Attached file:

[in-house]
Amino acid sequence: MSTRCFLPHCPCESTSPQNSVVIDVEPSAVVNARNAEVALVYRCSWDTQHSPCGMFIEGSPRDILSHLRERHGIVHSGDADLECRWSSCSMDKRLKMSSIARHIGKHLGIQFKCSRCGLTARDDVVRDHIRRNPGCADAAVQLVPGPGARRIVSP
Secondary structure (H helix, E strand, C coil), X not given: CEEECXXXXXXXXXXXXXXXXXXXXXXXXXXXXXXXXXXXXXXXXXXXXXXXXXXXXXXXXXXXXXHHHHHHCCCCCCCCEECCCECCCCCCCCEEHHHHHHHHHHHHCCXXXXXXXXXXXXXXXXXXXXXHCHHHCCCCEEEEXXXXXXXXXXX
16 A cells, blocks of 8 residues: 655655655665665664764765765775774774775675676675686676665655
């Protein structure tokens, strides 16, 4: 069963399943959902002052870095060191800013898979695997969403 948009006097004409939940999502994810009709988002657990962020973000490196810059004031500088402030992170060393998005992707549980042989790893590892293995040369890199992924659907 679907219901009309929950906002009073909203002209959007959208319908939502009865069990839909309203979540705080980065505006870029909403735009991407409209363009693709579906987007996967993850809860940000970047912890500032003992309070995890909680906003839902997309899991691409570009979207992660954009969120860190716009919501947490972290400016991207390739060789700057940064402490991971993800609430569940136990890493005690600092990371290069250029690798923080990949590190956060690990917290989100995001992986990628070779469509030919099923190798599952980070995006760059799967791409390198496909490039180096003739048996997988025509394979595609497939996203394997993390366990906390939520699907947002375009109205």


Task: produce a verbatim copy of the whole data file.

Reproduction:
[in-house]
Amino acid sequence: MSTRCFLPHCPCESTSPQNSVVIDVEPSAVVNARNAEVALVYRCSWDTQHSPCGMFIEGSPRDILSHLRERHGIVHSGDADLECRWSSCSMDKRLKMSSIARHIGKHLGIQFKCSRCGLTARDDVVRDHIRRNPGCADAAVQLVPGPGARRIVSP
Secondary structure (H helix, E strand, C coil), X not given: CEEECXXXXXXXXXXXXXXXXXXXXXXXXXXXXXXXXXXXXXXXXXXXXXXXXXXXXXXXXXXXXXHHHHHHCCCCCCCCEECCCECCCCCCCCEEHHHHHHHHHHHHCCXXXXXXXXXXXXXXXXXXXXXHCHHHCCCCEEEEXXXXXXXXXXX
16 A cells, blocks of 8 residues: 655655655665665664764765765775774774775675676675686676665655
């Protein structure tokens, strides 16, 4: 069963399943959902002052870095060191800013898979695997969403 948009006097004409939940999502994810009709988002657990962020973000490196810059004031500088402030992170060393998005992707549980042989790893590892293995040369890199992924659907 679907219901009309929950906002009073909203002209959007959208319908939502009865069990839909309203979540705080980065505006870029909403735009991407409209363009693709579906987007996967993850809860940000970047912890500032003992309070995890909680906003839902997309899991691409570009979207992660954009969120860190716009919501947490972290400016991207390739060789700057940064402490991971993800609430569940136990890493005690600092990371290069250029690798923080990949590190956060690990917290989100995001992986990628070779469509030919099923190798599952980070995006760059799967791409390198496909490039180096003739048996997988025509394979595609497939996203394997993390366990906390939520699907947002375009109205």